Workaholics Face Higher Risk of Death

Clock and Desk Under the Moon

Workers who put in too much overtime may be jeopardizing their health, according to new study on cardiovascular disease.

Those that put in extra hours at work may think they are getting ahead, but they may actually be putting their lives at risk. A new study suggests that putting in overtime can lead to about thirty-three percent greater risk of stroke.

The study comes from researchers at the University College London (UCL) and was published in The Lancet. To study the link between long working hours and health, scientists studied data from 25 different studies across the U.S., Europe, and Australia. This involved more than 600,000 men and women followed for an average of 8.5 years.

Once the researchers corrected the data for age, sex, and socioeconomic status, the results stood out. They found that those who worked 55 hours or more each week faced a 13 percent greater risk of developing coronary heart disease than their counterparts who work a normal 35 to 40 hour work week.

Data from another set of 17 studies showed an even greater problem. For those stroke studies, 500,000 men and women were followed for an average of 7.2 years. After allowing for other risk factors like smoking, drinking alcohol, and amount of exercise, as well as the usual stroke risks like high cholesterol and high blood pressure, the data revealed that those who worked 55 hours or more each week faced a 33% greater risk of stroke.

The researchers also discovered a correlation between the number of overtime hours worked and the risk of stroke. Those that worked between 41 and 48 hours a week had a 10 percent higher risk of having a stroke and those that worked between 49 and 54 hours a week had a 27 percent higher risk of stroke. This data seems to show that every extra few hours of overtime worked can have a cumulative effect on health.

Although this study demonstrates a link between working extra hours and a risk for heart disease and stroke, the researchers say more research is needed. They still do not know the mechanism that could cause longer working hours to lead to a higher risk of cardiovascular disease. However, some speculate that the longer working hours are probably associated with greater stress and possibly more time sitting at a desk and greater alcohol consumption.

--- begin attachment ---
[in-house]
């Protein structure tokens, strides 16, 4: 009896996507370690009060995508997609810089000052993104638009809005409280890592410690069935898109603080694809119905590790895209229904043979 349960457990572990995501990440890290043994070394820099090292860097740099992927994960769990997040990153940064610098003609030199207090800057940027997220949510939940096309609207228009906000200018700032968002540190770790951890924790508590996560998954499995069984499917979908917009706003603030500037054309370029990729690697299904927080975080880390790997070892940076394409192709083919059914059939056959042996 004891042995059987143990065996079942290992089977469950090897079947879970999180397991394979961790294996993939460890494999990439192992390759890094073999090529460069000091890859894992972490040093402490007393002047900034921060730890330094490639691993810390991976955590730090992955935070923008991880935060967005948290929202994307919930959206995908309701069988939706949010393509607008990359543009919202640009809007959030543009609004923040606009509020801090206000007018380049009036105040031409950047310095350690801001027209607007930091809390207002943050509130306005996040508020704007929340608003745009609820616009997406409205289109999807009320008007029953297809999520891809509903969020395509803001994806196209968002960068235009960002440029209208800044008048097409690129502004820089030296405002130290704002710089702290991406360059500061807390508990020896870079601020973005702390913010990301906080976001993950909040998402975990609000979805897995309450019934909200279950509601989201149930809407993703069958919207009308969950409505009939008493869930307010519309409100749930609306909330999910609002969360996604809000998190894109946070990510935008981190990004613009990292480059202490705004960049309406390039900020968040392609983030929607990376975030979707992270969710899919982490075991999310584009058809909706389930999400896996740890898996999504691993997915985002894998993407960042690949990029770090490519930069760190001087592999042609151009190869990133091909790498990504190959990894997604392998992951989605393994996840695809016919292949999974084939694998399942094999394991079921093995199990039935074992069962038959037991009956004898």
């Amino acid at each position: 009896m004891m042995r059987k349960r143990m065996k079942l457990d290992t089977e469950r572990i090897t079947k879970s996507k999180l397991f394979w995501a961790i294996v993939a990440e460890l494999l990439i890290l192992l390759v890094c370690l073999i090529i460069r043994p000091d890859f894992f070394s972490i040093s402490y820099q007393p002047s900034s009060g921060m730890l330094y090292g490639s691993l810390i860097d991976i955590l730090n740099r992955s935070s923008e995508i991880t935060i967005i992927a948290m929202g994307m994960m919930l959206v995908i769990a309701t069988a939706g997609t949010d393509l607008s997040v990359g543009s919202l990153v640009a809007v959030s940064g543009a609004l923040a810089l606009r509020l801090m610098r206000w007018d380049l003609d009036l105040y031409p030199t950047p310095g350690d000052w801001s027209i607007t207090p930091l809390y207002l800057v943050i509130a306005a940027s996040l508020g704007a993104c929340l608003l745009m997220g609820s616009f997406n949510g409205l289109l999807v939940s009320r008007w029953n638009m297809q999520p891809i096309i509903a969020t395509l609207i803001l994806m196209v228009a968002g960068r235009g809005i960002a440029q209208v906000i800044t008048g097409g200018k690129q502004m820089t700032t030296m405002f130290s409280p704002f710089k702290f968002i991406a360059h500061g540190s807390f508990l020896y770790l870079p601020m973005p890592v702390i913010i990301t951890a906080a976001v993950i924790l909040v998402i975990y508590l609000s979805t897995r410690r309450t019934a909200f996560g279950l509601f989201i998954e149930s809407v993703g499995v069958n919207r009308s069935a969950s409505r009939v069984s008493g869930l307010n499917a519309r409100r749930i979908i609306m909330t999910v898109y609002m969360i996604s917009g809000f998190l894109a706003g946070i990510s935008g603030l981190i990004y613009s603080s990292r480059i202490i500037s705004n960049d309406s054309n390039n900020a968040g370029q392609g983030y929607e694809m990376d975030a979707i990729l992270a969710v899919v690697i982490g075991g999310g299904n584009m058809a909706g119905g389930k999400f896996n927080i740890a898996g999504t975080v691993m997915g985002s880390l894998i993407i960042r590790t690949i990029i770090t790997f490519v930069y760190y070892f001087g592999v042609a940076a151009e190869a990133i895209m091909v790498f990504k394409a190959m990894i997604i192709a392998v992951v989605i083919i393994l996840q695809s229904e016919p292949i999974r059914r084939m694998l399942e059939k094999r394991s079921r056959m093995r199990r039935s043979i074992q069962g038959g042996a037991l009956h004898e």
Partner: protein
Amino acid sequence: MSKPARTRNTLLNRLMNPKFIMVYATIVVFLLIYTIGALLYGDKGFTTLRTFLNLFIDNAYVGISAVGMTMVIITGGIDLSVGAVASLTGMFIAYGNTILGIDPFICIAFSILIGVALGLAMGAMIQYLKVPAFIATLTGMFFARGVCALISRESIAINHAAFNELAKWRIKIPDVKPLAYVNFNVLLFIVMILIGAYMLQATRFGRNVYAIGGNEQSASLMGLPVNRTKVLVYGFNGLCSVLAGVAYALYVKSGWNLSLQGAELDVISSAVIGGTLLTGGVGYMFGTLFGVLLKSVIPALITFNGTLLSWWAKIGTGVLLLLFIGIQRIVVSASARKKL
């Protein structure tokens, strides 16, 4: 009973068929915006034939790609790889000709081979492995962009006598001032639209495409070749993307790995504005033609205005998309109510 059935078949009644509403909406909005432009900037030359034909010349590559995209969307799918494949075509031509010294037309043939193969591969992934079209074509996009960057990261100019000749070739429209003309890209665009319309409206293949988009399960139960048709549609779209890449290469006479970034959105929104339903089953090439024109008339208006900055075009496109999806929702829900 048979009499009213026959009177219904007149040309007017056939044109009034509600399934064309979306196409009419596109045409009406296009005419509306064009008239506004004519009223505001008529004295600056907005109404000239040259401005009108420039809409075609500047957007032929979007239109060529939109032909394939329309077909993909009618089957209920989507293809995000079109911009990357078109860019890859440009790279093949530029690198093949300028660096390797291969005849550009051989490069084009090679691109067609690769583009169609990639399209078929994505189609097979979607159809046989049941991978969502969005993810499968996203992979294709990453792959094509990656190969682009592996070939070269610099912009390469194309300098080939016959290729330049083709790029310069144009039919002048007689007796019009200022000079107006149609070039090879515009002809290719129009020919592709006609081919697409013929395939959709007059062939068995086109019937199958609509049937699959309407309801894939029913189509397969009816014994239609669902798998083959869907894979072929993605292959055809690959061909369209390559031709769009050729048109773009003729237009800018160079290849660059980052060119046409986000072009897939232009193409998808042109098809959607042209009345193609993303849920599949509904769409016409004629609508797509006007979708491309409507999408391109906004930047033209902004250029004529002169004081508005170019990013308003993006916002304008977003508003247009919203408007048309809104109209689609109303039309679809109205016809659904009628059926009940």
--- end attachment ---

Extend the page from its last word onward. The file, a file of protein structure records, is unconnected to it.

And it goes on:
Another recent study from researchers at Harvard and the Centers for Disease Control and Prevention (CDC), published earlier in the journal Occupational and Environmental Medicine, also looked at the health effects of working long hours. In a study of 1,739 female nurses who were trying to become pregnant, researchers compared how long it took them to conceive if they worked more than 40 hours a week versus working between 21 and 40 hours. That study found the overtime workers took about 20 percent longer to conceive than their regular hour counterparts, especially if they engaged in heavy lifting on the job.

These research results may convince some workaholics to take it a bit easier for the sake of their health. However, not everyone has a choice about the number of hours they work as they build a business or work extra hours to support their family. For those that work overtime, it is even more important to try to reduce other cardiovascular disease risk factors. They should try to put extra effort into controlling their blood pressure, lipid levels, and blood glucose, as well as exercising, eating a healthy diet, controlling their weight, and trying to reduce stress.

To reduce the risk of stroke, hard workers and others should try to reduce the fat, cholesterol, and salt in their diet and limit their alcohol consumption. Exercising and losing weight can also reduce stroke risk, as well as quitting smoking.

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